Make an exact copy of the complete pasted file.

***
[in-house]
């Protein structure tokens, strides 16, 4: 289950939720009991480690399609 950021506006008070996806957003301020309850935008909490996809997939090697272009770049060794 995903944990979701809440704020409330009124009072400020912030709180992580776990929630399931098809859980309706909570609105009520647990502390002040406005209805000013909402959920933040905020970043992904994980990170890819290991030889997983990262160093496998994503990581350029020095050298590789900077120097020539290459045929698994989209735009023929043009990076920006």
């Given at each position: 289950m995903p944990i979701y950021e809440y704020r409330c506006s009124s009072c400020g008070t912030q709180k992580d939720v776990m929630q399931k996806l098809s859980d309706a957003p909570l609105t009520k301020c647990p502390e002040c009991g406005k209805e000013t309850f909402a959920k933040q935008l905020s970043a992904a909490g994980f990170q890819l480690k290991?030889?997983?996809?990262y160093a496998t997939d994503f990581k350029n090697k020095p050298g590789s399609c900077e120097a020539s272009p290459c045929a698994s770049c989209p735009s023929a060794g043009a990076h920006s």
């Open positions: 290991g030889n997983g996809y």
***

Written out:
[in-house]
């Protein structure tokens, strides 16, 4: 289950939720009991480690399609 950021506006008070996806957003301020309850935008909490996809997939090697272009770049060794 995903944990979701809440704020409330009124009072400020912030709180992580776990929630399931098809859980309706909570609105009520647990502390002040406005209805000013909402959920933040905020970043992904994980990170890819290991030889997983990262160093496998994503990581350029020095050298590789900077120097020539290459045929698994989209735009023929043009990076920006």
């Given at each position: 289950m995903p944990i979701y950021e809440y704020r409330c506006s009124s009072c400020g008070t912030q709180k992580d939720v776990m929630q399931k996806l098809s859980d309706a957003p909570l609105t009520k301020c647990p502390e002040c009991g406005k209805e000013t309850f909402a959920k933040q935008l905020s970043a992904a909490g994980f990170q890819l480690k290991?030889?997983?996809?990262y160093a496998t997939d994503f990581k350029n090697k020095p050298g590789s399609c900077e120097a020539s272009p290459c045929a698994s770049c989209p735009s023929a060794g043009a990076h920006s």
């Open positions: 290991g030889n997983g996809y």